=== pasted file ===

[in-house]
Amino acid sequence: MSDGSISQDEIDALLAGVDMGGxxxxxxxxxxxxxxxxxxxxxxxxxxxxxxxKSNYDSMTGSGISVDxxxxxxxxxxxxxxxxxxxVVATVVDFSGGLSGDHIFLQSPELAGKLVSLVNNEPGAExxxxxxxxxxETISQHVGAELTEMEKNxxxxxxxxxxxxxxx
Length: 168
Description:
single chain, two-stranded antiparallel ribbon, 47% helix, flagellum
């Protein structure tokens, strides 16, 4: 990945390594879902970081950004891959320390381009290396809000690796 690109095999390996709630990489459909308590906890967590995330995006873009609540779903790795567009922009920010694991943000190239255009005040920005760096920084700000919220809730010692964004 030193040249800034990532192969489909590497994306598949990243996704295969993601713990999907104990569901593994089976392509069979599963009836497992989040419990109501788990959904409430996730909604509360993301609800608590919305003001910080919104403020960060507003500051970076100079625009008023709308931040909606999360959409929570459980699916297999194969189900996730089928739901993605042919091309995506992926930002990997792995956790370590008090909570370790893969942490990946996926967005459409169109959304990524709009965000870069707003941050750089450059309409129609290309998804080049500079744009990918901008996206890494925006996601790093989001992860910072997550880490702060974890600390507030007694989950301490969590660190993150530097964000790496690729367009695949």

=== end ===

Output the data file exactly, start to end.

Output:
[in-house]
Amino acid sequence: MSDGSISQDEIDALLAGVDMGGxxxxxxxxxxxxxxxxxxxxxxxxxxxxxxxKSNYDSMTGSGISVDxxxxxxxxxxxxxxxxxxxVVATVVDFSGGLSGDHIFLQSPELAGKLVSLVNNEPGAExxxxxxxxxxETISQHVGAELTEMEKNxxxxxxxxxxxxxxx
Length: 168
Description:
single chain, two-stranded antiparallel ribbon, 47% helix, flagellum
């Protein structure tokens, strides 16, 4: 990945390594879902970081950004891959320390381009290396809000690796 690109095999390996709630990489459909308590906890967590995330995006873009609540779903790795567009922009920010694991943000190239255009005040920005760096920084700000919220809730010692964004 030193040249800034990532192969489909590497994306598949990243996704295969993601713990999907104990569901593994089976392509069979599963009836497992989040419990109501788990959904409430996730909604509360993301609800608590919305003001910080919104403020960060507003500051970076100079625009008023709308931040909606999360959409929570459980699916297999194969189900996730089928739901993605042919091309995506992926930002990997792995956790370590008090909570370790893969942490990946996926967005459409169109959304990524709009965000870069707003941050750089450059309409129609290309998804080049500079744009990918901008996206890494925006996601790093989001992860910072997550880490702060974890600390507030007694989950301490969590660190993150530097964000790496690729367009695949």